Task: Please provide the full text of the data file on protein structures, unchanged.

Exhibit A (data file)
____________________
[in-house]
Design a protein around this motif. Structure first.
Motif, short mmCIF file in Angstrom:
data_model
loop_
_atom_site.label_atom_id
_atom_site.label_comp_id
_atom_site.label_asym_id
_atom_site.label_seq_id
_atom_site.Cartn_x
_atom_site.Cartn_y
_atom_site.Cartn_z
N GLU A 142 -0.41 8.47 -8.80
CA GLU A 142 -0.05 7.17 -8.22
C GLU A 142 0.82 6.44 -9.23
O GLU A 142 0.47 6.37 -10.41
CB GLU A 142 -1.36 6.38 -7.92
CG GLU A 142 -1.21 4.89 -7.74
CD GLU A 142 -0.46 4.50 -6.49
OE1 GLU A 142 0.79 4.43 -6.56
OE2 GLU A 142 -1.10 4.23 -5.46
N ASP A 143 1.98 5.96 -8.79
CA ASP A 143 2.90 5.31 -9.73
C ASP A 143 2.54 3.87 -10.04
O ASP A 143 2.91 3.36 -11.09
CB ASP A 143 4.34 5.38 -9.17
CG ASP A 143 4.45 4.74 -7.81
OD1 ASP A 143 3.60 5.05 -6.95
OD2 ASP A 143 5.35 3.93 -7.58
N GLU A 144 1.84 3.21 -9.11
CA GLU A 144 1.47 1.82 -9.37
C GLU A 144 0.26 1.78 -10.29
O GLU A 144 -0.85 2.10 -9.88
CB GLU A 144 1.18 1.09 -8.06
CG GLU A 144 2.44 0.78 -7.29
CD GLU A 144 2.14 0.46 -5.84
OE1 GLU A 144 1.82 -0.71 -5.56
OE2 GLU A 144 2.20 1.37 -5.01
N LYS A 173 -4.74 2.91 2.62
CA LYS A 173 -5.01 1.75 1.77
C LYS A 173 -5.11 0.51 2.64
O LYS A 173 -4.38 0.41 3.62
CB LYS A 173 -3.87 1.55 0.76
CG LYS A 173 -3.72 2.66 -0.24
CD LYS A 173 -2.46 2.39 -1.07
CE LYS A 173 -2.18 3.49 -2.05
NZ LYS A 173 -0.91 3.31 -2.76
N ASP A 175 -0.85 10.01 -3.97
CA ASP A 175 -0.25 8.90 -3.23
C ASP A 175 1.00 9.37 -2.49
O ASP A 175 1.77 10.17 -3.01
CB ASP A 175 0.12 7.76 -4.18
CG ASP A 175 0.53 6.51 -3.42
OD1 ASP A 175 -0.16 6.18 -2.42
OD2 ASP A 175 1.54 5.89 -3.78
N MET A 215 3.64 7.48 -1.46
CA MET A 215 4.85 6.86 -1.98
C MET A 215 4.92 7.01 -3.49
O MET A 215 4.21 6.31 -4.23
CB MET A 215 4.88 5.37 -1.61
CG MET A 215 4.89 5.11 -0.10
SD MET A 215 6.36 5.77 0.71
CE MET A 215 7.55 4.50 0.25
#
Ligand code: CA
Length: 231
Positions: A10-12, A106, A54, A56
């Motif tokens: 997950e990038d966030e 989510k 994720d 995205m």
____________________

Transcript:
[in-house]
Design a protein around this motif. Structure first.
Motif, short mmCIF file in Angstrom:
data_model
loop_
_atom_site.label_atom_id
_atom_site.label_comp_id
_atom_site.label_asym_id
_atom_site.label_seq_id
_atom_site.Cartn_x
_atom_site.Cartn_y
_atom_site.Cartn_z
N GLU A 142 -0.41 8.47 -8.80
CA GLU A 142 -0.05 7.17 -8.22
C GLU A 142 0.82 6.44 -9.23
O GLU A 142 0.47 6.37 -10.41
CB GLU A 142 -1.36 6.38 -7.92
CG GLU A 142 -1.21 4.89 -7.74
CD GLU A 142 -0.46 4.50 -6.49
OE1 GLU A 142 0.79 4.43 -6.56
OE2 GLU A 142 -1.10 4.23 -5.46
N ASP A 143 1.98 5.96 -8.79
CA ASP A 143 2.90 5.31 -9.73
C ASP A 143 2.54 3.87 -10.04
O ASP A 143 2.91 3.36 -11.09
CB ASP A 143 4.34 5.38 -9.17
CG ASP A 143 4.45 4.74 -7.81
OD1 ASP A 143 3.60 5.05 -6.95
OD2 ASP A 143 5.35 3.93 -7.58
N GLU A 144 1.84 3.21 -9.11
CA GLU A 144 1.47 1.82 -9.37
C GLU A 144 0.26 1.78 -10.29
O GLU A 144 -0.85 2.10 -9.88
CB GLU A 144 1.18 1.09 -8.06
CG GLU A 144 2.44 0.78 -7.29
CD GLU A 144 2.14 0.46 -5.84
OE1 GLU A 144 1.82 -0.71 -5.56
OE2 GLU A 144 2.20 1.37 -5.01
N LYS A 173 -4.74 2.91 2.62
CA LYS A 173 -5.01 1.75 1.77
C LYS A 173 -5.11 0.51 2.64
O LYS A 173 -4.38 0.41 3.62
CB LYS A 173 -3.87 1.55 0.76
CG LYS A 173 -3.72 2.66 -0.24
CD LYS A 173 -2.46 2.39 -1.07
CE LYS A 173 -2.18 3.49 -2.05
NZ LYS A 173 -0.91 3.31 -2.76
N ASP A 175 -0.85 10.01 -3.97
CA ASP A 175 -0.25 8.90 -3.23
C ASP A 175 1.00 9.37 -2.49
O ASP A 175 1.77 10.17 -3.01
CB ASP A 175 0.12 7.76 -4.18
CG ASP A 175 0.53 6.51 -3.42
OD1 ASP A 175 -0.16 6.18 -2.42
OD2 ASP A 175 1.54 5.89 -3.78
N MET A 215 3.64 7.48 -1.46
CA MET A 215 4.85 6.86 -1.98
C MET A 215 4.92 7.01 -3.49
O MET A 215 4.21 6.31 -4.23
CB MET A 215 4.88 5.37 -1.61
CG MET A 215 4.89 5.11 -0.10
SD MET A 215 6.36 5.77 0.71
CE MET A 215 7.55 4.50 0.25
#
Ligand code: CA
Length: 231
Positions: A10-12, A106, A54, A56
């Motif tokens: 997950e990038d966030e 989510k 994720d 995205m």